Reflection on Luke 2:41-52 for the Feast of the Holy Family
As a married couple and as parents in a family, we can sometimes find life to be difficult. The Church offers us the Holy Family as a role model. I sometimes find this more intimidating than helpful. When I compare myself to the sinless Mary or our family to the faithful Holy Family, I can feel overwhelmed by the gulf between who I want to be and who I actually am.
That’s why I love the story in today’s Gospel reading. Mary and Joseph, who knew that Jesus was the son of God, who knew that God had a special plan for their family, who had been visited by ANGELS, were worried sick when they discovered that Jesus was missing. They searched their caravan for him for an entire day. Then, they returned to Jerusalem and searched everywhere for him. They were frantic with worry. So frantic that, when they finally found him, Mary said very motherly words to him, “Why have you done this to us?” These are the same words that I might have said in the same situation. Then, the gospel tells us that when Jesus said “Didn’t you know that I must be in my father’s house,” Mary and Joseph DIDN’T UNDERSTAND. This is where Mary becomes real for me. She is holy. She is sinless. But she is also an ordinary mother who doesn’t understand how her son could be so uncaring.
Mary knew who Jesus was. His conception had been miraculous. His birth had been accompanied by many signs – angels, shepherds, magi, a special star. Surely, at the time of his birth, Mary understood that Jesus was special, that God had set him apart, had set their entire family apart, had consecrated them and made them holy. Mary and Joseph listened when the angel told them to flee to Egypt. But somewhere, during the twelve years between his birth and today’s Gospel story, those memories became a little less vivid. The childhood of Jesus was ordinary enough that there are no scripture stories between his presentation in the temple and this trip when he was twelve. I think they came to see themselves as an ordinary family living an ordinary life. I think that all of those miracles kind of faded into the background. Then, when Jesus was lost, Mary and Joseph reacted like ordinary parents. They panicked. They searched for him with great anxiety.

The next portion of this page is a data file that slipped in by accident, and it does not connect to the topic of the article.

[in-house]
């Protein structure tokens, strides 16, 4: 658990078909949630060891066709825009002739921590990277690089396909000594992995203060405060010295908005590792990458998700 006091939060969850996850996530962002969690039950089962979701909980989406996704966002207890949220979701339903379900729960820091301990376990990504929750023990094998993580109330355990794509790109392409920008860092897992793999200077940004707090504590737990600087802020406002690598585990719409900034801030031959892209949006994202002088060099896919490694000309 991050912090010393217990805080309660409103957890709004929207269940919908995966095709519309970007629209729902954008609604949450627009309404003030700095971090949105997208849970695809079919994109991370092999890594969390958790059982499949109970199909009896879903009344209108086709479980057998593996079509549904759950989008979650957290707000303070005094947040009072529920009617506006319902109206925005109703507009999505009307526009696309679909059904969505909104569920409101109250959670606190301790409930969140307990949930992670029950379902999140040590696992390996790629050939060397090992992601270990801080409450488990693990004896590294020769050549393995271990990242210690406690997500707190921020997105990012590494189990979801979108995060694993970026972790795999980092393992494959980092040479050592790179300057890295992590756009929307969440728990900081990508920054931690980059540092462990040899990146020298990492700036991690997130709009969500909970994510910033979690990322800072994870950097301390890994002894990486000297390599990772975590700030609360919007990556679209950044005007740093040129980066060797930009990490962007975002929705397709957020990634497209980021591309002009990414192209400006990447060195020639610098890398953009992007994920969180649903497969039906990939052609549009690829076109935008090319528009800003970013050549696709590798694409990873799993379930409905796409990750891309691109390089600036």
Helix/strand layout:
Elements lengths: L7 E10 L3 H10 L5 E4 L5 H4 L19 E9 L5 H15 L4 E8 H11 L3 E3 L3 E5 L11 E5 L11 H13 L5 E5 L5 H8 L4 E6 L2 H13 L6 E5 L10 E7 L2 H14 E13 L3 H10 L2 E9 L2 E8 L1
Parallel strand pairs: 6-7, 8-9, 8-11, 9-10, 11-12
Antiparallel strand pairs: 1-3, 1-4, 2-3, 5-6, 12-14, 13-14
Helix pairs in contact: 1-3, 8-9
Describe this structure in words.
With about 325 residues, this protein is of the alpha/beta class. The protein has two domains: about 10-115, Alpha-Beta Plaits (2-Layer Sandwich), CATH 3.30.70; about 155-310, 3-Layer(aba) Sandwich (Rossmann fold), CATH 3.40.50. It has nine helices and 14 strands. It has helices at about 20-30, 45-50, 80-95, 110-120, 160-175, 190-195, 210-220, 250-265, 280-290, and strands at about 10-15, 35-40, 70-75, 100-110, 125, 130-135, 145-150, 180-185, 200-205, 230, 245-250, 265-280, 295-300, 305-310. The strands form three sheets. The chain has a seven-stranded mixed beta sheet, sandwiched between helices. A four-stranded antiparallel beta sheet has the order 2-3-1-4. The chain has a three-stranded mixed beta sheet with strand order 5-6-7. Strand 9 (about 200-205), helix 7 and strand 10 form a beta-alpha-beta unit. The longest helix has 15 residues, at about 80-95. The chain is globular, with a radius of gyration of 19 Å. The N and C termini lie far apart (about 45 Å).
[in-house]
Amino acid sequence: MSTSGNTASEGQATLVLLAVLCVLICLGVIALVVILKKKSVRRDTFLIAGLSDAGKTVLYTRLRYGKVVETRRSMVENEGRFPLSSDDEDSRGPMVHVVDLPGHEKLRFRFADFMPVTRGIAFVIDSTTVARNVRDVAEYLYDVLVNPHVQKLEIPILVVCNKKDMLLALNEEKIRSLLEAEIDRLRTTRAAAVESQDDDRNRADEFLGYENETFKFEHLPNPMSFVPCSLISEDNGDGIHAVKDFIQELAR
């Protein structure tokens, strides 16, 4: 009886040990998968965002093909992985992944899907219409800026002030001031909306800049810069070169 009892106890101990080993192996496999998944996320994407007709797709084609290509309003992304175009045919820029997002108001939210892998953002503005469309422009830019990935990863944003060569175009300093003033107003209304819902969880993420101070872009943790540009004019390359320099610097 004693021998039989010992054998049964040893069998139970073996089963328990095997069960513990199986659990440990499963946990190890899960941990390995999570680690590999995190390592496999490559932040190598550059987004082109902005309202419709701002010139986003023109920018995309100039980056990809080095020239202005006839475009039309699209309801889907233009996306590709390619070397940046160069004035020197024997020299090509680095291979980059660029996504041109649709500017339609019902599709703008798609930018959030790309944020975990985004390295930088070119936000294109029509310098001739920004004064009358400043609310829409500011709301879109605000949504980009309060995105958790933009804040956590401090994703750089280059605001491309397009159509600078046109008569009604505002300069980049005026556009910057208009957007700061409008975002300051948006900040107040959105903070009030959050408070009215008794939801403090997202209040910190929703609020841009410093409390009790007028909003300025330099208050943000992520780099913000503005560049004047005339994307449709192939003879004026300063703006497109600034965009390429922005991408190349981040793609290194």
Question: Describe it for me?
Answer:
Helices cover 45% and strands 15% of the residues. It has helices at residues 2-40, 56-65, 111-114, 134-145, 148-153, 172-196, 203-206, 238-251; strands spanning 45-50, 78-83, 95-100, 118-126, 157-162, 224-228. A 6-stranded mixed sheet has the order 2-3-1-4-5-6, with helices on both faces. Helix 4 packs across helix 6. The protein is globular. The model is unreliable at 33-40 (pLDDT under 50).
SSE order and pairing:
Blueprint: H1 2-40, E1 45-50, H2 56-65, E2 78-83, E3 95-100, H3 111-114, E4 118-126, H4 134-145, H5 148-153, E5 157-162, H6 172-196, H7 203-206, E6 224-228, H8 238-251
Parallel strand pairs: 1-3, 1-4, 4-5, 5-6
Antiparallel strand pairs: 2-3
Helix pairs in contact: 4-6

I remember that I once read a book about Mother Theresa. As I was reading the book, I could actually feel myself changing. I could feel my heart expanding. I could feel myself holding on to this desire to be as loving as Mother Theresa. I remember thinking that this book could help me become holy. Daily life took over and I forgot how powerful that book had been.
Has something similar ever happened to you? You read an inspiring book or went on a retreat or a Marriage Encounter weekend of Cursillo and had this amazing mountain top experience. Your life was changed and you recognized that God had given you an awesome gift. Maybe you realized that you had been given a special mission, a particular way of living your vocation. You were determined to remember this feeling of intimacy with God forever. But, as time went on, the ups and downs of daily life kind of overshadowed that wonderful memory. You went back to seeing yourself as ordinary.
In today’s story, we can see that it is okay to slip back into the ordinary. Part of our the vocation of marriage is to go to work and pay the bills and take the kids to the orthodontist. It is ordinary stuff. Part of the vocation of single life is getting up in the morning and taking a shower and doing some work. Ordinary stuff. Part of the vocation of priesthood is looking through the mail and making lunch and doing errands. Ordinary. Even Mary and Joseph, after all the hoopla surrounding Jesus’ birth, lived an ordinary life for many years. If Mary and Joseph and Jesus did it, ordinary must be a normal part of holiness. And that’s okay, because God is always going to be here to remind us that we are holy. Even if we don’t always understand, Jesus will always remind us of who he is and where we can find him.
And, just as he told Mary and Joseph, where we can find him is here, in his Father’s house. This is where we can start looking. We can find him here at Mass. We can find him in the Eucharist. We can find him in each other. We can find him in our spouse. We can find him in our priests and our deacon. We can find him here at a time for silent prayer.
Sometimes we need a little help to find Jesus. As I was reading that book about Mother Theresa, my feeling that my heart was expanding came from the fact that the book was helping me to find Jesus. I never picked it up again, but some of its lessons were planted inside of me, continuing to grow and help me to keep changing. A good book can do that. A good book can help us find Jesus and can help us to fall more deeply in love with him and can help us to remember that God is offering us so much more than just the daily grind of our ordinary lives. God has given us hopes and dreams and a desire to become the best version of ourselves. We have the Mass. We have each other. We are ordinary. But, inside of these ordinary lives, we can live out God’s call for us. We can live out our hopes and dreams. We can be the holy.